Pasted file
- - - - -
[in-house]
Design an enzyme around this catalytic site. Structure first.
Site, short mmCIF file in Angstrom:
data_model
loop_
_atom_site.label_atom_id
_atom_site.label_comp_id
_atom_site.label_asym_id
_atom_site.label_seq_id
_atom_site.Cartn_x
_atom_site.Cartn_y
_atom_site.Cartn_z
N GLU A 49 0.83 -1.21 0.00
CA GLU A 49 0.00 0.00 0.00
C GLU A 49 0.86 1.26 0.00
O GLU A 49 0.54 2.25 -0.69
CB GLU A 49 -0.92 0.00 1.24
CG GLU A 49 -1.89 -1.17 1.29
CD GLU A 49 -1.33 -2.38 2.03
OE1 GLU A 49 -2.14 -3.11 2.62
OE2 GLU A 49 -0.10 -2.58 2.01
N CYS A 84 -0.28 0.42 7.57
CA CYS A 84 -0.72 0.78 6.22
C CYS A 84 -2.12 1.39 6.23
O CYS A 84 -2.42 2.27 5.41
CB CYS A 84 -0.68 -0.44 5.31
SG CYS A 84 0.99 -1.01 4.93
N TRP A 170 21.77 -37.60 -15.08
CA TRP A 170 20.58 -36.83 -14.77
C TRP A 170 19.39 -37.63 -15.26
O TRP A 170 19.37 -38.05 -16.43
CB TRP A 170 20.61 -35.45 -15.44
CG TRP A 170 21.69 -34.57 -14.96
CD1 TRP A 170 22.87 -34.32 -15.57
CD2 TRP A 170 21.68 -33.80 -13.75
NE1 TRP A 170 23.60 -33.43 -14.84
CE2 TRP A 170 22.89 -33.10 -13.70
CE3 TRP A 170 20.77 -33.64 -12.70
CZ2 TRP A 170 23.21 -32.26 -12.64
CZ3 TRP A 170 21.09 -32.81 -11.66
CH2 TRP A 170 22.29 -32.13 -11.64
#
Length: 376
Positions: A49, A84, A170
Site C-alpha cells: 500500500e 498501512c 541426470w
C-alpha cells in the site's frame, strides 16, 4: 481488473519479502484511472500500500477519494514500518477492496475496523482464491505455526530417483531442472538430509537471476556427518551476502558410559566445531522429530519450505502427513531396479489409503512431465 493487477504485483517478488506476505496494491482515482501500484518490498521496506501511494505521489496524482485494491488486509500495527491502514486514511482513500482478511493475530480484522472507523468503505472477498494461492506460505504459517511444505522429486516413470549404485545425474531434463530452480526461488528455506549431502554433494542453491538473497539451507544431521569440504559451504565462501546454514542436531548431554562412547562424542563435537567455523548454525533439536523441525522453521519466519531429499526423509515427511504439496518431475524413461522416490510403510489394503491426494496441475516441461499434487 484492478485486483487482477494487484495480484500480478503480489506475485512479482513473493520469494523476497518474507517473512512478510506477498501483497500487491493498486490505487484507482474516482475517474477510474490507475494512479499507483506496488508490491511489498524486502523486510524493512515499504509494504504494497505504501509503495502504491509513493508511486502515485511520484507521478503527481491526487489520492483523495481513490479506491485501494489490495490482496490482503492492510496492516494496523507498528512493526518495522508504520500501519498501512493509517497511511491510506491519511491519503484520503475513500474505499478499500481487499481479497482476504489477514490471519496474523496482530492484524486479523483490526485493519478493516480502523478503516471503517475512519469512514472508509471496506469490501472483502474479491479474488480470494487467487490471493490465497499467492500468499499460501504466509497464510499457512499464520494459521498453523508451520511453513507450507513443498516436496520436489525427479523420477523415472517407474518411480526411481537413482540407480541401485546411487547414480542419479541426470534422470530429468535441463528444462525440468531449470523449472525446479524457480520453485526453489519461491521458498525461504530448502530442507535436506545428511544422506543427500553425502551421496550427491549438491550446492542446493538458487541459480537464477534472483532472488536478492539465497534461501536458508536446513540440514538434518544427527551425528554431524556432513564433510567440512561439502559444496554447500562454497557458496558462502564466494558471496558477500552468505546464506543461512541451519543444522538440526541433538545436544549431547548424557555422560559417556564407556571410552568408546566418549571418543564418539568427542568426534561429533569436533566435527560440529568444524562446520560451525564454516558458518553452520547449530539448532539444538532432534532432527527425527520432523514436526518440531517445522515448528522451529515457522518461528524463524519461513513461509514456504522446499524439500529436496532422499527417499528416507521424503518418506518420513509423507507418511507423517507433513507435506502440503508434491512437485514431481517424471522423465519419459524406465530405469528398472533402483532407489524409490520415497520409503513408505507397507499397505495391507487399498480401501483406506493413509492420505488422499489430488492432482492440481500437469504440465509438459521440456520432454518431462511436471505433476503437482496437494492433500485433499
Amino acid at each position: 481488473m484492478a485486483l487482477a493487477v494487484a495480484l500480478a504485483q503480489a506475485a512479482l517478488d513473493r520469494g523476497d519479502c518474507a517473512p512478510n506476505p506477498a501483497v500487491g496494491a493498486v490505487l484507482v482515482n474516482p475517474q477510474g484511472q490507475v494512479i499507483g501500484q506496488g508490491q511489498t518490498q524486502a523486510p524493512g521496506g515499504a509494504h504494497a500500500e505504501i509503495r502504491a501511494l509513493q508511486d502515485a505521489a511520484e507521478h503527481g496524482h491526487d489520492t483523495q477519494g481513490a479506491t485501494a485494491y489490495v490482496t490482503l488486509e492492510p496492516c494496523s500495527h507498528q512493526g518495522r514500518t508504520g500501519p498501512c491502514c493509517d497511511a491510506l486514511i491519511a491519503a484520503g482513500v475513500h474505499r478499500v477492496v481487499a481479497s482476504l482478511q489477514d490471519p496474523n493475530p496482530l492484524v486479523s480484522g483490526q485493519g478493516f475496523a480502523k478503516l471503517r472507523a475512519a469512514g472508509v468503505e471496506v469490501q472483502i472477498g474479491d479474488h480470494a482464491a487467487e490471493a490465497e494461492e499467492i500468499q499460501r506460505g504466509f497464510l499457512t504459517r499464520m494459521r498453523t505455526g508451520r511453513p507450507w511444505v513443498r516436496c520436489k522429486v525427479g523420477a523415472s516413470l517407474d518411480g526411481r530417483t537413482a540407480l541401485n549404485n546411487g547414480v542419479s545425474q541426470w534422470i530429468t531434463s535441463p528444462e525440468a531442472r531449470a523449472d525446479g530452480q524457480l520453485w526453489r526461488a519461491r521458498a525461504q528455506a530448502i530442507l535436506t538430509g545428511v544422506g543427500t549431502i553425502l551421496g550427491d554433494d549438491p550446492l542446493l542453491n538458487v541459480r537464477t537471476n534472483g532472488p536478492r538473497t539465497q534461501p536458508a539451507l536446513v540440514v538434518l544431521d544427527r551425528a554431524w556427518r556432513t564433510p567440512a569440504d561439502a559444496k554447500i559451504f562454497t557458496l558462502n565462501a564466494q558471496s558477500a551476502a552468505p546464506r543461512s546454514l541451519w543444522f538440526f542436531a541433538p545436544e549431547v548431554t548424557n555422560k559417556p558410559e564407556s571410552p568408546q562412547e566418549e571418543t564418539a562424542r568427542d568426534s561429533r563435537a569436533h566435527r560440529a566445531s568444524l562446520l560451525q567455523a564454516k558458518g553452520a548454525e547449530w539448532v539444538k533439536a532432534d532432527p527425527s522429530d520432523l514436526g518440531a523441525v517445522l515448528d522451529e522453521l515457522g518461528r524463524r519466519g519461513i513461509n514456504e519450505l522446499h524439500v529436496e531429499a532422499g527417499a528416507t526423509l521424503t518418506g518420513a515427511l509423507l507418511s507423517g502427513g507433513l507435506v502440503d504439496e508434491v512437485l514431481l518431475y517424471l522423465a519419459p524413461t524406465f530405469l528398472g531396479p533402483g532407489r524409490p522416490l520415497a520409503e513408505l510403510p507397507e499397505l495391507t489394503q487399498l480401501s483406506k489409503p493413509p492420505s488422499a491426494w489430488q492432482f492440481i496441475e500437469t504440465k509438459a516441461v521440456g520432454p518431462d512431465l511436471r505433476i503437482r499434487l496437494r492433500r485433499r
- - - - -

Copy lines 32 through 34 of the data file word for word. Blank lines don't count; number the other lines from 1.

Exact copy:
CB TRP A 170 20.61 -35.45 -15.44
CG TRP A 170 21.69 -34.57 -14.96
CD1 TRP A 170 22.87 -34.32 -15.57